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Jan. 6 corporate freeze on campaign donations begins to thaw

After a pause in donations, companies are again giving to GOP members of Congress who voted against certifying the 2020 presidential election.
Posted at 2:48 PM, Jun 23, 2021
and last updated 2021-06-23 15:49:31-04

UPS is delivering more than packages to Capitol Hill.

New campaign finance records show UPS giving to lawmakers who voted against certifying the 2020 presidential election.

The donations were made after UPS paused political spending in the days following the Jan. 6 insurrection.

"Many of those companies just pulled away: Washington’s burning down, let’s not give any more fuel to it, at least not initially," said Douglas Schuler, an associate professor of business and public policy at Rice University. 

Companies froze campaign donations to avoid heat for funding people who promoted the baseless idea that President Biden didn’t actually win the election, Schuler said.

“A lot of people started asking, Who is behind those members of Congress?” he said.

Newsy reviewed recent filings at the Federal Election Commission and found 16 corporations sending money to Congress again, including to some of the 147 Republican election objectors.

The list includes Ford, General Motors, JetBlue and Lockheed Martin.

Like UPS, they are companies that announced a temporary stop in contributions to all lawmakers after the Capitol riot.

The donations come from employee-sponsored Political Action Committees known as PACs.

UPS reported giving to two Republican election dissenters in a flurry of new PAC donations that also went to Democrats.  UPS never said why it stopped donating after the insurrection and did not respond to questions about why the PAC chose to support election opponents now.

Boeing took a time-out to review political spending in January "to ensure that we support those who not only support our company, but also uphold our country’s most fundamental principles."

Now a new FEC filing shows Boeing’s PAC spending again to Democrats and Republicans, including four who challenged the election.

We asked Boeing: Who would the company not support anymore after its review?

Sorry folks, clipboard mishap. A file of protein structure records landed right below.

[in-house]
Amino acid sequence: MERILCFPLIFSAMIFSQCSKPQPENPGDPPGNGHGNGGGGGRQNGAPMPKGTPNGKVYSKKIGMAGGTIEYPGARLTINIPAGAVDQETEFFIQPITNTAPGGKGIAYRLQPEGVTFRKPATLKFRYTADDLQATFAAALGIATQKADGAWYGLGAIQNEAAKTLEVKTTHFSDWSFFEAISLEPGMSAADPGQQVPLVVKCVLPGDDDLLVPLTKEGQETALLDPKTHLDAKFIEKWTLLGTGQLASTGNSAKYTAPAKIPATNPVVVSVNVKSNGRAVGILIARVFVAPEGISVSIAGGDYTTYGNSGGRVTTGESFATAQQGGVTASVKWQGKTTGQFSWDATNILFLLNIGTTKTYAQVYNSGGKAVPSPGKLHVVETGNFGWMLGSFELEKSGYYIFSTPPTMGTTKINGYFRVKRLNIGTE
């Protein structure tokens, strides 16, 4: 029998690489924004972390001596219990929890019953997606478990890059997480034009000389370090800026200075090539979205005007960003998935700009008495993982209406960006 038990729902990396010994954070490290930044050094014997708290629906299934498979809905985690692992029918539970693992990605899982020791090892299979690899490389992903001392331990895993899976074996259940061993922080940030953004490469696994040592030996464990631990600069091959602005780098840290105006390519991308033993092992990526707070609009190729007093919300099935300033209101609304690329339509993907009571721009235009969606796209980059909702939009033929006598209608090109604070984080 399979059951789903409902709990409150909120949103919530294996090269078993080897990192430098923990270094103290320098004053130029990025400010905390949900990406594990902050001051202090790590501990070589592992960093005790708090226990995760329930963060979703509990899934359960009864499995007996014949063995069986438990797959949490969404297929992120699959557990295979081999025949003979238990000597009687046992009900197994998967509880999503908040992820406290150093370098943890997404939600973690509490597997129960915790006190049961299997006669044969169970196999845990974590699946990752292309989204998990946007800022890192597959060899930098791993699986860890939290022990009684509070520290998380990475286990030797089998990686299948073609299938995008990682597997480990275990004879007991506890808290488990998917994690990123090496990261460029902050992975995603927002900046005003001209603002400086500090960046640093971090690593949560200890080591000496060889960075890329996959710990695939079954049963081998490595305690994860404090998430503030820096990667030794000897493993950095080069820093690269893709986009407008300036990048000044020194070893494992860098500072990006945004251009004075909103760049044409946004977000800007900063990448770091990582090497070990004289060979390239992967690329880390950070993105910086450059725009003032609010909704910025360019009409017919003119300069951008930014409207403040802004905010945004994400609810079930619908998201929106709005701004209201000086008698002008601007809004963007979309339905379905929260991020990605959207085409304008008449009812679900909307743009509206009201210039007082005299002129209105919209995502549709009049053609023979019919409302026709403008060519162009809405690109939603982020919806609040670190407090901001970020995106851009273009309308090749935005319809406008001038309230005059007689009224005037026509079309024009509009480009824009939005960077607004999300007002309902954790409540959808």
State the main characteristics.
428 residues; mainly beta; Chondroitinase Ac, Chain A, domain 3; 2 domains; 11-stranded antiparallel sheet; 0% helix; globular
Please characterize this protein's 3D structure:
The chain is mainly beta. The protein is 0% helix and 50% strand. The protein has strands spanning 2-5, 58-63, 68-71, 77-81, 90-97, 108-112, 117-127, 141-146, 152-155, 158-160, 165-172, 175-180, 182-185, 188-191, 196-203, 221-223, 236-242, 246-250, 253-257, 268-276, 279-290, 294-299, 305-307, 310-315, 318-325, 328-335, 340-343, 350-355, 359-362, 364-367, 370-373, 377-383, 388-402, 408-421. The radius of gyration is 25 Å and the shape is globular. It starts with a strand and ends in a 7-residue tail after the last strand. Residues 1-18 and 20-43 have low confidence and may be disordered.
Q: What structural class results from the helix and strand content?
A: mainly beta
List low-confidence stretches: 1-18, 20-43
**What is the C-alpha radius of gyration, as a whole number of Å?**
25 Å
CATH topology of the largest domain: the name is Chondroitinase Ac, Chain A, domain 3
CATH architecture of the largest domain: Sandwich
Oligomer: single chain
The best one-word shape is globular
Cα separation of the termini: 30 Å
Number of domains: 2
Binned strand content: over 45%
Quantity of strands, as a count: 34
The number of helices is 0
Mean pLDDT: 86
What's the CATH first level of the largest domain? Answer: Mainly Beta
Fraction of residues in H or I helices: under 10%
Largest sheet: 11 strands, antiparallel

“Thanks for the question,” a Boeing spokesman responded, "but nothing additional to add beyond the statement,” referring to an initial response from the company that said in part, “We will continue to carefully evaluate our giving…”

Cigna said it would no longer donate specifically to lawmakers who encouraged or supported violence, or who "otherwise hindered the peaceful transition of power."

But FEC filings show, two months later Cigna donated to seven members of Congress who tried to prevent certifying the election.

When Newsy asked Cigna about those donations, a spokeswoman referred us to a company statement that said voting against the election was not an act of obstructing a peaceful transition of power.

The FEC records show the companies still not giving to some of the most vocal election skeptics.

"[Missouri Sen. Josh] Hawley with his fist, that was like a very powerful symbol," Schuler said. "There might be a little more attention on those people."

Duke Energy, one of the nation’s largest electric companies, is contributing again to a number of home state representatives, but not to Rep. Madison Cawthorn, who the PAC backed in the 2020 election cycle.

That was before the North Carolina congressman spoke to the crowd of Trump supporters just before the Capitol attack.

The FEC records show companies are slowly returning to the long tradition of donating to both parties, focusing on congressional leaders and committee chairpersons, those most able to shape policies the corporations care about. 

It’s a practice Duke Energy’s CEO defended at a recent shareholders meeting.

"We must be a part of the conversation so that we can bring our subject matter, expertise, our experience, the needs of our customers to the table, and we’ll continue to do that," Duke Energy chair, president and CEO Lynn Good said.